PUTRAJAYA: AirAsia, an airline that is well known to often break new ground, is keen to turn itself into “a Walmart in the sky”, a move to push its ancillary income to be a major contributor to its revenue.
“We are the Walmart in the sky, we just happened to be at 35,000 feet above,” its group chief executive Tony Fernandes said.
Walmart, the world’s largest company by revenue, is an American multinational retail corporation that operates a chain of hypermarkets, discount department stores and grocery stores.
“While you’re walking through 7-eleven in the ground, there’s no reason we can’t be a consumer company up in the sky. Selling duty free, food, foreign exchange and insurance,” he told Bernama recently.
However, the effort to boost its ancillary income is not something new, it has been a work in progress for sometime now, Fernandes said.
“Right now, profitability from ancillary services almost matches profitability from our airline. We have a very strong airline business which is generating about 15 per cent margin, and a very strong ancillary income business which is generating far greater in margin,” he said.
These are the things that would drive the business high, while AirAsia continues the effort to create new routes and increase frequencies.
“Right now ancillary income makes up 23 per cent of our revenue, but almost 50 per cent of our profit,” he said.
Asked on AirAsia India’s shareholding, Fernandes said it continued to cruise smoothly.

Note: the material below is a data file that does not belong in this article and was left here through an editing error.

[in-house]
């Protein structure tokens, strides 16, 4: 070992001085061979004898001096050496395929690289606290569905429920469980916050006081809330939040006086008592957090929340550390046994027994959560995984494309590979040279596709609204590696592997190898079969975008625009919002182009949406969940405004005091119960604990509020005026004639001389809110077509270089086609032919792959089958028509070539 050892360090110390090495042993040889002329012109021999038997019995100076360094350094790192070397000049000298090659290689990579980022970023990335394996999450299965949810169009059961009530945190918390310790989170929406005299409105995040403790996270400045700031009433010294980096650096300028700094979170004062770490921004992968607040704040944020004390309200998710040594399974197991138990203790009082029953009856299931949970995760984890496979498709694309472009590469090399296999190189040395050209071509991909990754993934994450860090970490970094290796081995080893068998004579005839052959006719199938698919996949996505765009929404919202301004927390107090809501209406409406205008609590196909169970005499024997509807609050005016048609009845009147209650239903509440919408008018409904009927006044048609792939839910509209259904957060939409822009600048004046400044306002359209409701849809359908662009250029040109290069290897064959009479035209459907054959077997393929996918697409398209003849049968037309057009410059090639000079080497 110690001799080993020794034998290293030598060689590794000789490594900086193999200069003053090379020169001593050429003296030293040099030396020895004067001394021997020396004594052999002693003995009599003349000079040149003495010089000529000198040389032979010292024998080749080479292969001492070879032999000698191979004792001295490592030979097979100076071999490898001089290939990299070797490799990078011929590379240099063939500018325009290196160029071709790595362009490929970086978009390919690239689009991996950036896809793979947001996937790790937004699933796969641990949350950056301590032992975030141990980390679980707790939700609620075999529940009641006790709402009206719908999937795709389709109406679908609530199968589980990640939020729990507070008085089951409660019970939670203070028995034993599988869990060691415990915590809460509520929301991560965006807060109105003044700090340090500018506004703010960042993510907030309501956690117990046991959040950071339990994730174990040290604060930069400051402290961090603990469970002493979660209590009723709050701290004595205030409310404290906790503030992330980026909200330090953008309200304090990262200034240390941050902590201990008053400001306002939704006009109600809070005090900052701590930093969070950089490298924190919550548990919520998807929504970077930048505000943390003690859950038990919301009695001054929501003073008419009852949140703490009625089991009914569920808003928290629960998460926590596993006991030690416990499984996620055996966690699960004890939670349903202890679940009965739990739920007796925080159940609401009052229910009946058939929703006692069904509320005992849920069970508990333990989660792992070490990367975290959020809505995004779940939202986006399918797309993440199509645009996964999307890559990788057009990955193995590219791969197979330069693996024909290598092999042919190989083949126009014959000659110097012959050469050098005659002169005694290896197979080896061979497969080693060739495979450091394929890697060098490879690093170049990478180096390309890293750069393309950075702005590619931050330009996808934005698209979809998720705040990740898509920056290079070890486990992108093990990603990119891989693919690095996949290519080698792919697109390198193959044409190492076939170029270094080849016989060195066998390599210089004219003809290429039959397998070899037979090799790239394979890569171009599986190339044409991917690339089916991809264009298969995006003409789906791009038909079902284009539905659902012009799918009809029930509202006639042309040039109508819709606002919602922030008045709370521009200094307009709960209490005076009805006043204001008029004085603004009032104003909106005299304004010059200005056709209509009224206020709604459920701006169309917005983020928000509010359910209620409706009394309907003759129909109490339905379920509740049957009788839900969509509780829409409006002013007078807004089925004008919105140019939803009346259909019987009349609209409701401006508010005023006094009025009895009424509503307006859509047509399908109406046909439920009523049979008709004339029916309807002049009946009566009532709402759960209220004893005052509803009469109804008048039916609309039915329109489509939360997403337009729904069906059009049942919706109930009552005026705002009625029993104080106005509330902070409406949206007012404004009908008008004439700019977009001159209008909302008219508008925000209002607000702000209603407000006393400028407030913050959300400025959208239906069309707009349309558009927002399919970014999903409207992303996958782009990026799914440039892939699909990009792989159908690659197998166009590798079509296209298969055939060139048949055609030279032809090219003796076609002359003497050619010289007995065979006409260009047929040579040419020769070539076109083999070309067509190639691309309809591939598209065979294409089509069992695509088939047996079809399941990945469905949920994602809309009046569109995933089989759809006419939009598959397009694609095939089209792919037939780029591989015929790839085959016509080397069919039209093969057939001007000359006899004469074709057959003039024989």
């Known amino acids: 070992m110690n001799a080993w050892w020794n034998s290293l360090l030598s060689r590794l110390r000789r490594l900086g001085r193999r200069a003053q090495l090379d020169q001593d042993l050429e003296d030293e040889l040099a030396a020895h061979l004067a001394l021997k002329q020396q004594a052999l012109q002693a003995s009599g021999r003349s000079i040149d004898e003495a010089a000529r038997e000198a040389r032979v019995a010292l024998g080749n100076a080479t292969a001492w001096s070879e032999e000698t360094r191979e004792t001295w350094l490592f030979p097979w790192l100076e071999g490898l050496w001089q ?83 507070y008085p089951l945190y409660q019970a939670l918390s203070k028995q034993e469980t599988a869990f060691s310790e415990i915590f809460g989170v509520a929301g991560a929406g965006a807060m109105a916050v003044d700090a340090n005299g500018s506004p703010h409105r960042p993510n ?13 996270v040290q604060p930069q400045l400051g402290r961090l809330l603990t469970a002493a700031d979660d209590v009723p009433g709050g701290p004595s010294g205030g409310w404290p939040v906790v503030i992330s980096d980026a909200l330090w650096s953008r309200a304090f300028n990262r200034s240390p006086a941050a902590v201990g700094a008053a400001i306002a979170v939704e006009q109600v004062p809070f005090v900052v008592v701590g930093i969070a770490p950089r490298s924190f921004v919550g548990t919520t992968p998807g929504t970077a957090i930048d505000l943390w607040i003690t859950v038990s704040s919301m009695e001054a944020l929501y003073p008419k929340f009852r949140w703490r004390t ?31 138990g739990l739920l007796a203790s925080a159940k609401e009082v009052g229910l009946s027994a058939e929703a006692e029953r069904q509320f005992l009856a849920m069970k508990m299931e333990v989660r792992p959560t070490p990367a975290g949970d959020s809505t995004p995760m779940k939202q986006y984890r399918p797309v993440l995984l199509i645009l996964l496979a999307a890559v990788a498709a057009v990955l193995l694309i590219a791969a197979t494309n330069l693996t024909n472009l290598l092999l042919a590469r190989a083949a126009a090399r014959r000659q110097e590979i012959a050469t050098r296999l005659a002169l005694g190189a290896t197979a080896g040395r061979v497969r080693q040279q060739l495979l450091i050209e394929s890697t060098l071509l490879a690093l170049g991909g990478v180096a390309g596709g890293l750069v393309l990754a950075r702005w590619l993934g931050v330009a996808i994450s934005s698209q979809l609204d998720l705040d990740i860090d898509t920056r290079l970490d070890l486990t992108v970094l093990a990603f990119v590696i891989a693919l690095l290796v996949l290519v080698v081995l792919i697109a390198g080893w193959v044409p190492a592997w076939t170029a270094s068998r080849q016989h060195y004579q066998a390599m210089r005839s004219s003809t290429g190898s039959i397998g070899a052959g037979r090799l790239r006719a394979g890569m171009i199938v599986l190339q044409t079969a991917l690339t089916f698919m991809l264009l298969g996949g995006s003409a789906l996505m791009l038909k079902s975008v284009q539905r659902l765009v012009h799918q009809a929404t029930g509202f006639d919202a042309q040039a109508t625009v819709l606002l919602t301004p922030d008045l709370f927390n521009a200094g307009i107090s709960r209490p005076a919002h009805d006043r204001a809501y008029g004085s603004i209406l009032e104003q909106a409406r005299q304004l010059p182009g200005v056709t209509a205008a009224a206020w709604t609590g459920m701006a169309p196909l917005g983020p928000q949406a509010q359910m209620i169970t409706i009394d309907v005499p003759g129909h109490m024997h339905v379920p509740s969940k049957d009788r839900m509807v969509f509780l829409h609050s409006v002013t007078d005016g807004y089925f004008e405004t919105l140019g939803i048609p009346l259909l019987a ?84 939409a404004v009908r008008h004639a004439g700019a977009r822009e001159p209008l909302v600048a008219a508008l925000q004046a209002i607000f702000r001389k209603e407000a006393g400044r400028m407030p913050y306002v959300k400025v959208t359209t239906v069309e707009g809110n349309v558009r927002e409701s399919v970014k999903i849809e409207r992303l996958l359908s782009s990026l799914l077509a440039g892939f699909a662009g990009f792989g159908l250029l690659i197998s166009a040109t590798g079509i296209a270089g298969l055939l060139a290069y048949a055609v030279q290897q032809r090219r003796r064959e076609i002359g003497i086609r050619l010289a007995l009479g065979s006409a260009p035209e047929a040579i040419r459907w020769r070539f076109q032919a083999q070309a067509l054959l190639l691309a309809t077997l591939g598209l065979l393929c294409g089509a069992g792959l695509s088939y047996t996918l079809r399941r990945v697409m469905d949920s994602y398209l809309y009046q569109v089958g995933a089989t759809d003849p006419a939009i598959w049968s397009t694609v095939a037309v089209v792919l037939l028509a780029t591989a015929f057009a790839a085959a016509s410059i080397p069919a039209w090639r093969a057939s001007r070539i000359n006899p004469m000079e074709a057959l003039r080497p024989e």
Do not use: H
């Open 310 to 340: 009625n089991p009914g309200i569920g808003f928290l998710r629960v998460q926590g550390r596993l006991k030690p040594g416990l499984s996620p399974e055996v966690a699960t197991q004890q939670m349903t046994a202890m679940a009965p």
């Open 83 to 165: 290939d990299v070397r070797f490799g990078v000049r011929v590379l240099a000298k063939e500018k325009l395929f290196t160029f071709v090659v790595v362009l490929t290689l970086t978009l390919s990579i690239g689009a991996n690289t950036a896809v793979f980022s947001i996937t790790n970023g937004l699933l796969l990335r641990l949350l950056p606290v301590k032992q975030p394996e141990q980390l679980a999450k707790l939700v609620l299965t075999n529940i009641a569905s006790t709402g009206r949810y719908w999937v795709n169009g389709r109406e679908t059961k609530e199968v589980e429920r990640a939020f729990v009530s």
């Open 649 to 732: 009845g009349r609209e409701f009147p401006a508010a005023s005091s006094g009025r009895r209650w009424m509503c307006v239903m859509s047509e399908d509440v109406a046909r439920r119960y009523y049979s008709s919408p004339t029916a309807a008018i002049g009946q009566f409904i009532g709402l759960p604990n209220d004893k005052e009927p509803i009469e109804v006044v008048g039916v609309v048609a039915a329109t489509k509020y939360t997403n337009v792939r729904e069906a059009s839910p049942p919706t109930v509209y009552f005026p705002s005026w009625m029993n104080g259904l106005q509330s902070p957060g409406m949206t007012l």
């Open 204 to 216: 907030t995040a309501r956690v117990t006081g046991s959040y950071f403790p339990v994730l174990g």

AirAsia India started operations in June 2014 via a joint-venture between AirAsia Bhd, Tata Sons and businessman Arun Bhatia’s Telestra Tradeplace, with a 41.06 per cent, 49 per cent and 9.94 per cent shareholding respectively.
Now, AirAsia Bhd has 49 per cent stake in AirAsia India, while Tata Sons Ltd and its executives hold the remaining 51 per cent.
“Amar (Abrol, Chief Executive Officer of AirAsia India) is planning what we are going to do in the next 15-16 months. We have six aircraft now and we hope to ramp it up to 10,” he commented on the expansion plan.
AirAsia India has recently announced that its seventh aircraft will joint operations next month, which marks the start of its growth phase in India.
“While our competitors spend a lot of time suing us, they don’t realise they giving us free publicity. And so, we are a big brand in India. They saved me a lot of money,” he said.
India needs more tourists and connectivity with its population of 1.25 billion, and it is a market with abundant opportunities for AirAsia India, he said.
On the recent AirAsia 15-day roadshow, he said it received good response from investors as they were able to see how undervalued the airline was.
“Our share price obviously had a good run. We’re at about RM3 (now). We were down at 78 sen. People are beginning to see our value,” he said.
As at 12.30pm, AirAsia share price was up two sen at RM3.27.